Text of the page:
I am in the process of selling my house and plan to move into rented accommodation for up to three years before hopefully purchasing the property of my dreams. I am reluctant to continue paying premiums to my endowment for life and critical-illness insurance while without a mortgage, other debts or family and feel that any encashment value could be better invested elsewhere. Recent coverage and criticism of endowments has made me nervous of them and any future mortgage would be on a repayment basis
Given that you are single – although cohabiting – and without debt, you are right to question your requirement for life insurance once your mortgage account has been settled.
Even if you were able to return to work, a critical illness could result in you being deemed uninsurable which would be a worry to any prospective lender and definitely of great concern to your partner. It would therefore make sense to ensure that, while in rented accommodation, you would be able to protect your future living arrangements in the event of illness.
Just as you had a policy to redeem your mortgage in the event of illness so that you could remain in your home regardless of your health, so it would make sense for a sum of money to be paid out to buy a property without a mortgage in the event of illness so that your future living arrangements are protected.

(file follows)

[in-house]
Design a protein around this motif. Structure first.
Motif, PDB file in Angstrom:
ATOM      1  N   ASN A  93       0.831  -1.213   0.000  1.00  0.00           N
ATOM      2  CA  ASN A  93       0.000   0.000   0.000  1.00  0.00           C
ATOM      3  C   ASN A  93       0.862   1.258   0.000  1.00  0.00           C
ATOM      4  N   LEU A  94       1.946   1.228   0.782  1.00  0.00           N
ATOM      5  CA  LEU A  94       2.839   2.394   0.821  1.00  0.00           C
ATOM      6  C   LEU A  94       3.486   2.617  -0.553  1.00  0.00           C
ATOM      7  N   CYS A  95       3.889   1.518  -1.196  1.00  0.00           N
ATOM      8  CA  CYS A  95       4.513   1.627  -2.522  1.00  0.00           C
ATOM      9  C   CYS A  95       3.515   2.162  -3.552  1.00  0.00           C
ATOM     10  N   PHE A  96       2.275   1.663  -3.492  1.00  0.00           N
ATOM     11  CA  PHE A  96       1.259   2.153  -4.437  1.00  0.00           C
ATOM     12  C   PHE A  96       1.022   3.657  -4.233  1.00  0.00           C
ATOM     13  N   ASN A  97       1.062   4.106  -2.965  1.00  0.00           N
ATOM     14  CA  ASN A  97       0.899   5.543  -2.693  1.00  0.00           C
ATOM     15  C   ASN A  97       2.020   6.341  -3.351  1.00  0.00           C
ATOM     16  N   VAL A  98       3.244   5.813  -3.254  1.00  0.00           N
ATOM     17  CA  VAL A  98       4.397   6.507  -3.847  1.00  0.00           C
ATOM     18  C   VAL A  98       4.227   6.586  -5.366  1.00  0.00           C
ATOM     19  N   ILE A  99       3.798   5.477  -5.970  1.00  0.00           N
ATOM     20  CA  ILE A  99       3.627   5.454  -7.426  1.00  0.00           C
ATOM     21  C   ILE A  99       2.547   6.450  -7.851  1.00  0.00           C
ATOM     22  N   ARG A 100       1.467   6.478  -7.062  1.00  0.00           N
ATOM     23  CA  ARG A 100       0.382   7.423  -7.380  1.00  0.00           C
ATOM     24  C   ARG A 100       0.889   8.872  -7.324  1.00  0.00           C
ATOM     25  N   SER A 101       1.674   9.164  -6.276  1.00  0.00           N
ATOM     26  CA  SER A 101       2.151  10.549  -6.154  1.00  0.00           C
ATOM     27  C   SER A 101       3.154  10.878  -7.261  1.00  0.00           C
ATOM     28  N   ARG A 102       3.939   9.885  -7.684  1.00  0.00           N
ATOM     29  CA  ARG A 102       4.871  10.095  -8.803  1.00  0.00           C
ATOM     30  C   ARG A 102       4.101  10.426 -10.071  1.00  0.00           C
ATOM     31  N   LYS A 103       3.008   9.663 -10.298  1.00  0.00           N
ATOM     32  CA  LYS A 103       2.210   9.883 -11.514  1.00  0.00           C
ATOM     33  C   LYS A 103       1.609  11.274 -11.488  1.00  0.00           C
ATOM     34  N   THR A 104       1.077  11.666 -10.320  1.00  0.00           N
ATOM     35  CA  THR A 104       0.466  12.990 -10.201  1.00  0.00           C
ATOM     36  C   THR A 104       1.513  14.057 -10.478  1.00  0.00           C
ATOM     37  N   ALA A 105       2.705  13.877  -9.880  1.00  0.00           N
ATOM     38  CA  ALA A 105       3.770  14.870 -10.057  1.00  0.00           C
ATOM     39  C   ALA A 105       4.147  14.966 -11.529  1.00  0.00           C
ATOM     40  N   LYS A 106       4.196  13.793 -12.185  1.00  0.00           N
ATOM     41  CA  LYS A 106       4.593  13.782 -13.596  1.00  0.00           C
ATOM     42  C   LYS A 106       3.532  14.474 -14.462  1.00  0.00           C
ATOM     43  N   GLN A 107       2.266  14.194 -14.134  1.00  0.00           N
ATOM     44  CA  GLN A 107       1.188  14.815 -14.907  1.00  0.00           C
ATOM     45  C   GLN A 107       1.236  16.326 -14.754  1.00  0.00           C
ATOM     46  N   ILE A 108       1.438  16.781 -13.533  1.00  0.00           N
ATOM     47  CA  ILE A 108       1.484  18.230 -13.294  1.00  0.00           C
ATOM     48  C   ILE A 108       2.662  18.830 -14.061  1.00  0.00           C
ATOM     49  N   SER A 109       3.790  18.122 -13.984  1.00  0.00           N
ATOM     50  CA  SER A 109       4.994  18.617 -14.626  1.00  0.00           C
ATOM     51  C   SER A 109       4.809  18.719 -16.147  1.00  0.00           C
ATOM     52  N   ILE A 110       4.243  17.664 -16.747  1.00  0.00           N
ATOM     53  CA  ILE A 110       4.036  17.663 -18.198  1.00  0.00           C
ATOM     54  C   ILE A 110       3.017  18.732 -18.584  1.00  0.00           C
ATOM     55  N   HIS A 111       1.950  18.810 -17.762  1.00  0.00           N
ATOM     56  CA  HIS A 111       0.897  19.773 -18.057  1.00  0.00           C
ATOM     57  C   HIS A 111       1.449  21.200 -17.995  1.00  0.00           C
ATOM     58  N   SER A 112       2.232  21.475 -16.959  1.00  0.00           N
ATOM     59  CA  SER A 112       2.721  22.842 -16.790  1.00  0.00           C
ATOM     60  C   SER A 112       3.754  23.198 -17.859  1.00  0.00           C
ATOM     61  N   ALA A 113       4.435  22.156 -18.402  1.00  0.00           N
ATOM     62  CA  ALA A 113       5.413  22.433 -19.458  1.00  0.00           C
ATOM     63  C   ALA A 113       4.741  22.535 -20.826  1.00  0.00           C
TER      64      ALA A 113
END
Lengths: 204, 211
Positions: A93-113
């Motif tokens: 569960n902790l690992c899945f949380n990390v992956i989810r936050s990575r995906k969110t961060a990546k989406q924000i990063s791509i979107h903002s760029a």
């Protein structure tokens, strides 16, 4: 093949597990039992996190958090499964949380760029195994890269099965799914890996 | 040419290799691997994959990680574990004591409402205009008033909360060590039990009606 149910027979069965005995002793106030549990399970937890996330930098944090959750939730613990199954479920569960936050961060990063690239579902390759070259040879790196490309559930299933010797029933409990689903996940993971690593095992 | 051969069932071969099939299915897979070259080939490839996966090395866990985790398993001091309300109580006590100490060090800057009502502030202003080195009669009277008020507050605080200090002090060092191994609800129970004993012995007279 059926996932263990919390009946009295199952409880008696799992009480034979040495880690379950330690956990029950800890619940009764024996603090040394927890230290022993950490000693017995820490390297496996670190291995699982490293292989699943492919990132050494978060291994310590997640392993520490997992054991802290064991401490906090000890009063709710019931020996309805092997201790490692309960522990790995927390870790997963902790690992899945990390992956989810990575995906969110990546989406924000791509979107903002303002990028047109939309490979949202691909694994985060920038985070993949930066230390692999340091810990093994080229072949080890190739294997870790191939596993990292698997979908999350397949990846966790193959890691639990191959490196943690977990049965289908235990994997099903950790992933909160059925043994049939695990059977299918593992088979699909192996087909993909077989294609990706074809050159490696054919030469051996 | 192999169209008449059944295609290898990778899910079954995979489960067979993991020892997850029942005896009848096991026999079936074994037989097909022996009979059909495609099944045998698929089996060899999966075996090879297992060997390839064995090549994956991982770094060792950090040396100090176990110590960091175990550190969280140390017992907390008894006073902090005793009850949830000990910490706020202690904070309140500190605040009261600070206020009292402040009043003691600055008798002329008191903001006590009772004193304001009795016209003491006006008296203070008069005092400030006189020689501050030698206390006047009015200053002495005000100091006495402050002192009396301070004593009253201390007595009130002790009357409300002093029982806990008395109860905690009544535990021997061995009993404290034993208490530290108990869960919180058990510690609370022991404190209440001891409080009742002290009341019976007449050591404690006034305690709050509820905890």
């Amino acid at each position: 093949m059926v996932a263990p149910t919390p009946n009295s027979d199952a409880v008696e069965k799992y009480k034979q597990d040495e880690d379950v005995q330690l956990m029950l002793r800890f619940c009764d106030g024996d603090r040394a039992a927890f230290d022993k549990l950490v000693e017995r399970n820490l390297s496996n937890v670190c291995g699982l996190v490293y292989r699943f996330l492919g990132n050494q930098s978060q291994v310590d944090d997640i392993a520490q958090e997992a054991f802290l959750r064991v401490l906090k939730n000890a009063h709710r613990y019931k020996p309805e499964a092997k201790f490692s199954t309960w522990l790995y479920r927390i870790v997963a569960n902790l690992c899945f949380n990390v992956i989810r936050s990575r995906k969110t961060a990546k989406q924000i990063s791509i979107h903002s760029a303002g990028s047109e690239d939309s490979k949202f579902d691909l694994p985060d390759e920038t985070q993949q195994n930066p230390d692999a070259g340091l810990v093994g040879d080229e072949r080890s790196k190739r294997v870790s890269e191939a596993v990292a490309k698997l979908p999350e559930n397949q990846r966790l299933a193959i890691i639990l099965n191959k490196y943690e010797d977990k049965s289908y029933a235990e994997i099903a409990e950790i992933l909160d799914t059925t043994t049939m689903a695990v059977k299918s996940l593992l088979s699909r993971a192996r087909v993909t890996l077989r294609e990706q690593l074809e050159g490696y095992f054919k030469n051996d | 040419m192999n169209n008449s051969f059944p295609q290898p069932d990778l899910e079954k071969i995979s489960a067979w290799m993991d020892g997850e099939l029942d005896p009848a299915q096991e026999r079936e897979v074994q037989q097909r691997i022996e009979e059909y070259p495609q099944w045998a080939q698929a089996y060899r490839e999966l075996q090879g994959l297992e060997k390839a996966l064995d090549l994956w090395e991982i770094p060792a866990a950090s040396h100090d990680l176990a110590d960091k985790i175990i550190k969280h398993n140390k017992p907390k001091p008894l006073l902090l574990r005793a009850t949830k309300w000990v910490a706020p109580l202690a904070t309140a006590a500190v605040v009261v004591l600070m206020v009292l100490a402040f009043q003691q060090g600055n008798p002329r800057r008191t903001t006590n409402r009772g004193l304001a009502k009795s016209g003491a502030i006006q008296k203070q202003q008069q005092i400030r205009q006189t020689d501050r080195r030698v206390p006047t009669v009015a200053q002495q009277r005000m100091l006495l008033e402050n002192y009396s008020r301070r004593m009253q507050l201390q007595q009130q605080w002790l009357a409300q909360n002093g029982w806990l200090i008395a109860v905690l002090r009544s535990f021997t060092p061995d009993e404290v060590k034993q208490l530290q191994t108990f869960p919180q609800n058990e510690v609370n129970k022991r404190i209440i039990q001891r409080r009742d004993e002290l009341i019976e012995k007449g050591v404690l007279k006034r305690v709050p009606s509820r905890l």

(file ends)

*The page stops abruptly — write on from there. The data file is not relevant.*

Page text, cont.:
Assuming you do decide to proceed with the surrender of the endowment policy, I would suggest you apply for a replacement term policy to provide continuing critical-illness insurance. As the premium would not be greatly affected by including life insurance so that a payout was made on the first event, I would suggest this should also be included. Obviously, the existing endowment should not be surrendered until alternative cover is in place.
As far as the surrender of the endowment is concerned, I do not propose to enter into a debate as to the validity of this based solely on recent criticisms, which are not of all endowments or all companies, as this has been well documented elsewhere. However, I would offer the following comments for you to consider.
The policy was effected in 1992 to pay a lump sum in 2017. By encashing the policy now, you will receive a lump sum which, if invested properly, could result in a substantial amount being available in 2017 to reduce your mortgage.
Surrender of the policy in the first 10 years creates a potential liability to tax on the proceeds if, when added to your income in the year of encashment, you move into the higher-rate tax band.
If reduction in expenditure is the aim, the policy could be made paid up and no further premiums paid while enjoying exposure to investment growth and retaining membership rights in the case of a mutual insurer. If realisation of a capital sum is required, a partial encashment could be considered or a loan granted against the policy value by the insurer.
If full encashment is definitely required, the secondhand market would be worth considering as significant improvements on the surrender value can be obtained.